(The Hague Rules), as amended by the Protocol of 23 February ( Visby Rules). (Brussels, 21 December ). THE CONTRACTING PARTIES TO . (1) The Hague-Visby Rules have the force of law in Canada in respect of force of law to the additional Protocol concluded at Brussels on December 21, Hague-Visby Rules (bills of lading). Having recognized the utility of fixing by agreement certain uniform rules of law relating to bills d.d. 3.
The Hague—Visby Rules is a set of international rules for the international carriage of goods by sea. They are a slightly updated version of the original Hague Rules which were drafted in Brussels in However, the Hague and Hague—Visby Rules were hardly a charter of new protections for cargo-owners; the English common law prior to provided more protection for cargo-owners, and imposed more liabilities upon “common carriers”.
A final amendment was made in the SDR Protocol in The Hague—Visby Rules were incorporated into English law by the Carriage of Goods by Sea Act ; and English lawyers should note the provisions of the statute as well as the text of the rules.
SDR Protocol (Brussels )
For instance, although Article I c of the Rules exempts live animals and deck cargo, section 1 7 restores those items into the category of “goods”. Also, although Article III 4 declares a bill of lading to be a mere “prima facie evidence of the receipt by the carrier of the goods”, the Carriage of Goods by Sea Act section 4 upgrades a bill of lading to be “conclusive evidence of receipt”. Gisby Article X, the Rules apply if “a the bill of lading is issued in a contracting State, or b the carriage is from a port in a contracting State, or c hahue contract of carriage provides that the Rules If the Rules apply, the entire text ruless Rules is incorporated into the contract of carriage, and any attempt to exclude the Rules is void under Article III 8.
Under the Rules, the carrier’s main vjsby are to “properly and carefully load, handle, stow, carry, keep, care for, and discharge the goods carried” and to “exercise due diligence to It is implicit from the common law that the carrier must not deviate from the agreed route nor from the usual route; but Article IV 4 provides that “any deviation in saving or attempting to save life or property at sea or any reasonable deviation shall not be deemed to be an infringement or breach of these Rules”.
The carrier’s duties are not ivsby, but require only a reasonable standard of professionalism and care; and Article IV allows the carrier a wide range of situations exempting them from liability on a cargo claim.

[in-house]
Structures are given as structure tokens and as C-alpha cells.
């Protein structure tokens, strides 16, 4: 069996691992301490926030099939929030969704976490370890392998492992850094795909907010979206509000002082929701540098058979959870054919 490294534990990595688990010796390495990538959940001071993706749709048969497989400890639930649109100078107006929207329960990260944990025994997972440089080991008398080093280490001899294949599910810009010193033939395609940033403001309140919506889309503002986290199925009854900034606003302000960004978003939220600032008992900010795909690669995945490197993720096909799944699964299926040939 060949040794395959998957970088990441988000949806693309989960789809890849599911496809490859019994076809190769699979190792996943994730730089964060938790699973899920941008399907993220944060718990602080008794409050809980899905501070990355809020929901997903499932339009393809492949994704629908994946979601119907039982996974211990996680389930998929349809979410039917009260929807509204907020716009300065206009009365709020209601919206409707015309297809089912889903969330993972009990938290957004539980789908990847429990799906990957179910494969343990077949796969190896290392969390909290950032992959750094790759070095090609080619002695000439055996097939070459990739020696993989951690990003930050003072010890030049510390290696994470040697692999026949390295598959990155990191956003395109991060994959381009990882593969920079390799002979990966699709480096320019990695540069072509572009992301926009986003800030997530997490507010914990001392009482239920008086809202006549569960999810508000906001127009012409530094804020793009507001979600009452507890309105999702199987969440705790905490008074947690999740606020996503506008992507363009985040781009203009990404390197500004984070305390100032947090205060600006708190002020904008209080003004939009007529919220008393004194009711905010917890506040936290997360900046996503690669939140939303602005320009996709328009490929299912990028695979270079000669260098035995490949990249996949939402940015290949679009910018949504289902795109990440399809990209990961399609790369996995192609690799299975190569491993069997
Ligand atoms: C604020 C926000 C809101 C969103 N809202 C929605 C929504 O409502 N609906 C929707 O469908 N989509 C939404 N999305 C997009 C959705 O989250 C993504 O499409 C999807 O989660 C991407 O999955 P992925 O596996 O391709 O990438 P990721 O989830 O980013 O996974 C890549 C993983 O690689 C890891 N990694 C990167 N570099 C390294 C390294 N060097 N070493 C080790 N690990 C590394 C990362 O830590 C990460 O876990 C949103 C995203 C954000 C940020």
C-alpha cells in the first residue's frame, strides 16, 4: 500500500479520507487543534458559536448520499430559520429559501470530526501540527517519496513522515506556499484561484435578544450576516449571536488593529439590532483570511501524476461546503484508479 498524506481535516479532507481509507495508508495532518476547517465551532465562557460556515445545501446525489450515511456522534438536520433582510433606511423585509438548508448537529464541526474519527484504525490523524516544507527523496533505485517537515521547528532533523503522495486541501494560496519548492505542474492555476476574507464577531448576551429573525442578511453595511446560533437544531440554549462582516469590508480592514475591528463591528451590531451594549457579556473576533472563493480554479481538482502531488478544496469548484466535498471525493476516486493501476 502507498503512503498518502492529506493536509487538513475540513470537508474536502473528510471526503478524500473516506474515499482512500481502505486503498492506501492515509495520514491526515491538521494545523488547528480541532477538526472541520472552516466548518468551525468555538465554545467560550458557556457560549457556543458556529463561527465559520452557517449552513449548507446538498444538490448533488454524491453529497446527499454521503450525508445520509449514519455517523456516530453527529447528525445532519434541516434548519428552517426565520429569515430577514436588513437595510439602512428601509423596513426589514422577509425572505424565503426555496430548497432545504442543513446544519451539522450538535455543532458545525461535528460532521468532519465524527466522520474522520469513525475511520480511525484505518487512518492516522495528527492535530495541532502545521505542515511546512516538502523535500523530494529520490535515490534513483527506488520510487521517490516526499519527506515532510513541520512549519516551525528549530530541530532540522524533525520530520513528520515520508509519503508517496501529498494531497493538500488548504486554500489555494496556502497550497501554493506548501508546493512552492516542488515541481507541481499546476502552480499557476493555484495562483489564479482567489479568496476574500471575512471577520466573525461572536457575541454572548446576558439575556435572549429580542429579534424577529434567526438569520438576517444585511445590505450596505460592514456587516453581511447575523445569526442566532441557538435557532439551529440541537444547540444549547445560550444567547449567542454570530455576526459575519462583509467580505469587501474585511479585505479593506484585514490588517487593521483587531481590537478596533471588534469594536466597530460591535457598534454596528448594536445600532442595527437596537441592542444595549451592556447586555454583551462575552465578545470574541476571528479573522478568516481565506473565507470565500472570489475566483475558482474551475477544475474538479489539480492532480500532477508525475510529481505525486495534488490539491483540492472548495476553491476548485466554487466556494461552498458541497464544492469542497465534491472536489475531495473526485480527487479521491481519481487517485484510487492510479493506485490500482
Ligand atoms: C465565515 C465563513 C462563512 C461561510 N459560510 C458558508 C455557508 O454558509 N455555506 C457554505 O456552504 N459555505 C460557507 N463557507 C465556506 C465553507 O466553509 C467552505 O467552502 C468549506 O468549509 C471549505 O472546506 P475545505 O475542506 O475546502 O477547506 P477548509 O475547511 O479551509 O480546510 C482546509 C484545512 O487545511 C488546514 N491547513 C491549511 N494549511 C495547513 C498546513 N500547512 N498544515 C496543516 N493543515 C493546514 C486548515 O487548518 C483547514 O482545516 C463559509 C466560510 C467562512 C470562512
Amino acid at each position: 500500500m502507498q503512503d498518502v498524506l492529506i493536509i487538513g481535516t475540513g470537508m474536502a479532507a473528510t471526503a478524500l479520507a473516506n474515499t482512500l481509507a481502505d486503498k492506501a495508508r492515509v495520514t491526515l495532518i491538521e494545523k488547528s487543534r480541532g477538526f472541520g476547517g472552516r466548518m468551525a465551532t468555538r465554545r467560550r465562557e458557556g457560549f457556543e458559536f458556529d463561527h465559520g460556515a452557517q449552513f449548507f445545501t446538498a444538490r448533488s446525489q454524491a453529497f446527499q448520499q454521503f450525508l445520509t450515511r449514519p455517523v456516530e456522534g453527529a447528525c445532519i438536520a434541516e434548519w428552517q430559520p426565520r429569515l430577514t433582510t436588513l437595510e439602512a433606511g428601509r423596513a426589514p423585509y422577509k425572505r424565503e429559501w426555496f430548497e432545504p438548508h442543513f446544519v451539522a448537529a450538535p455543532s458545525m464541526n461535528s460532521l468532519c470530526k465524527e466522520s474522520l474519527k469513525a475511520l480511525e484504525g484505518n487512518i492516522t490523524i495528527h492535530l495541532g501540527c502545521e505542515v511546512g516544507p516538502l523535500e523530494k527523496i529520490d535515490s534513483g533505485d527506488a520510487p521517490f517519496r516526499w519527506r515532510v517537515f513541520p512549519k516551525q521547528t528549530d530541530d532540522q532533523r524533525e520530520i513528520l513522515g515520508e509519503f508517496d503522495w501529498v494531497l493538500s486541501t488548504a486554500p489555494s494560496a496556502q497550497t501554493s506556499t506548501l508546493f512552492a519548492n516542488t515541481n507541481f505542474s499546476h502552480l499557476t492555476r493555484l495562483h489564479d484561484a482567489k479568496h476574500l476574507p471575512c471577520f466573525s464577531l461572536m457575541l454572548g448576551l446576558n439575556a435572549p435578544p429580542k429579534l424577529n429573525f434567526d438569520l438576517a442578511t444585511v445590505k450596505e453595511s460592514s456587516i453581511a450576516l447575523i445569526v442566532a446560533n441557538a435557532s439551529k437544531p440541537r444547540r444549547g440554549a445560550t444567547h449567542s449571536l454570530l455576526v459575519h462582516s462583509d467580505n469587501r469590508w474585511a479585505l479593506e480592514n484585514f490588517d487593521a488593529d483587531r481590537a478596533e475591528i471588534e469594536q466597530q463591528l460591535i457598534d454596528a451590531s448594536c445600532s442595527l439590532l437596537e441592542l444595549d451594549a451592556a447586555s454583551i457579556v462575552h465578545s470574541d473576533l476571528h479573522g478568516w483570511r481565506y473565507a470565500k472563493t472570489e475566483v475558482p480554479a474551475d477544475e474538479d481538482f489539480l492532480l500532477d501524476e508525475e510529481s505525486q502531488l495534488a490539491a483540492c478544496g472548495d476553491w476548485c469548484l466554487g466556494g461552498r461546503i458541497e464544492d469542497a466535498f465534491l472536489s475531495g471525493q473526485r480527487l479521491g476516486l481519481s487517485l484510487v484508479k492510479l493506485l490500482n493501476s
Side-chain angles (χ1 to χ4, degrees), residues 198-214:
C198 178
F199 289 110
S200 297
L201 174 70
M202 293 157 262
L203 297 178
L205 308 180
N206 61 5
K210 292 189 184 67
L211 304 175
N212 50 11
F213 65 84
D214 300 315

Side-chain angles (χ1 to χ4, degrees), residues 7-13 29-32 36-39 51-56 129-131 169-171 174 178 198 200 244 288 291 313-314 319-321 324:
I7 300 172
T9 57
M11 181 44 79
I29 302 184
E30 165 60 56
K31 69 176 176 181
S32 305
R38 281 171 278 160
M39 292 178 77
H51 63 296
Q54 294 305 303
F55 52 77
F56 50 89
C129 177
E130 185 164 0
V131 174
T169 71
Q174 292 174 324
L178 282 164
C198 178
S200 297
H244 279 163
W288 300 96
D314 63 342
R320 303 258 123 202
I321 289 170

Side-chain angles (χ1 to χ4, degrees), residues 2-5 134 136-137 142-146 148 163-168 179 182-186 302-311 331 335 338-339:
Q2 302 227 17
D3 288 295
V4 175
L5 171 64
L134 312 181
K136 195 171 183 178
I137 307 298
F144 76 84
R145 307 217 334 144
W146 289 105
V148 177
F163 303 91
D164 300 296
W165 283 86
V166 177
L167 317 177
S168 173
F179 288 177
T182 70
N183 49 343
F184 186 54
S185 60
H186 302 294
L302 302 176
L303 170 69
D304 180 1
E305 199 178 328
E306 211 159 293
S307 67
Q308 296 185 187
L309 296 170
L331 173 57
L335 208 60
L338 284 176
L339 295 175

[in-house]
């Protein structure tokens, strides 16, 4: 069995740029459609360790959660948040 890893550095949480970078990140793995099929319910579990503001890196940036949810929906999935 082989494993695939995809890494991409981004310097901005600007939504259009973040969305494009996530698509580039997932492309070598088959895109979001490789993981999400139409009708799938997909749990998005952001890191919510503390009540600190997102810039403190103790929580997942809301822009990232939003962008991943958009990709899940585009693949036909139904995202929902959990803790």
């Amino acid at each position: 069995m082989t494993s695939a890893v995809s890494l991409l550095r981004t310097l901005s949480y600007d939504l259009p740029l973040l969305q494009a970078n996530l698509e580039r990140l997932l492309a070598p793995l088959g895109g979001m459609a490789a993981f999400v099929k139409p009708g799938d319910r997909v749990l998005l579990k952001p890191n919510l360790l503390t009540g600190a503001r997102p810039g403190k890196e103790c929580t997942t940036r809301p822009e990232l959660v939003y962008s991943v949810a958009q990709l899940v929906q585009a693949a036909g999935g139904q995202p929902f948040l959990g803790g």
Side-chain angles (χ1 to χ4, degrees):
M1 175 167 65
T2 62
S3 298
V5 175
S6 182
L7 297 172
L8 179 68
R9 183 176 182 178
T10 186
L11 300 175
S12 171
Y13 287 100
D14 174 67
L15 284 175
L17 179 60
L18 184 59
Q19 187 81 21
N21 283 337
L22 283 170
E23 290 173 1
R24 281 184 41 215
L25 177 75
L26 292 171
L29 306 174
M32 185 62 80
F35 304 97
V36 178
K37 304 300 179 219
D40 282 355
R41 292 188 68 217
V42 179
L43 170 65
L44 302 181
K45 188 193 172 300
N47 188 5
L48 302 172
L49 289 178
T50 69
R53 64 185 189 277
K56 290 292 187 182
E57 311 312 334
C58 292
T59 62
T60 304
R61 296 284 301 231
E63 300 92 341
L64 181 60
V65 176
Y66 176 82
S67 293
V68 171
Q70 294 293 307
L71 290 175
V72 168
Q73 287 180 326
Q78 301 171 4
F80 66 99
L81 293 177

These exemptions include destruction or damage to the cargo caused by: A controversial provision exempts the carrier from liability for “neglect or default of the master This provision is considered unfair to the shipper; and both the later Hamburg Rules which require contracting states to denounce the Hague—Visby Rules and Rotterdam Rules which are not yet vosby force refuse exemption for negligent navigation and management.
Also, whereas the Hague—Visby Rules require a ship to be seaworthy only “before and at the beginning” of the voyage, under the Rotterdam Rules the carrier will have to keep the ship seaworthy throughout the voyage although this new duty will be to a reasonable standard that is subject to the circumstances of being at sea.
By contrast, the shipper has fewer obligations mostly implicitnamely: None of rulex shippers’ obligations are enforceable under the Rules; instead they would give rise to a normal action in contract.
With only 10 Articles, the Rules have the virtue of brevity, but they have several faults. When, after 44 years of experience, the Rules were updated with a single minor amendment, they still covered 11979 carriage wholly by sea thereby ignoring multi-modal transportand they barely acknowledged the container revolution of the s.
The modern Rotterdam Ruleswith some 96 articles, have far more scope and cover multi-modal transport but remain far from general implementation. From Wikipedia, the free encyclopedia. JohnsonL.
Marine Liability Act
Bill of lading Charter-party. Bareboat Demise Time Voyage. Admiralty court Vice admiralty court.
Democratic Republic of the Congo. Saint Christopher and Nevis. Saint Vincent and the Grenadines.
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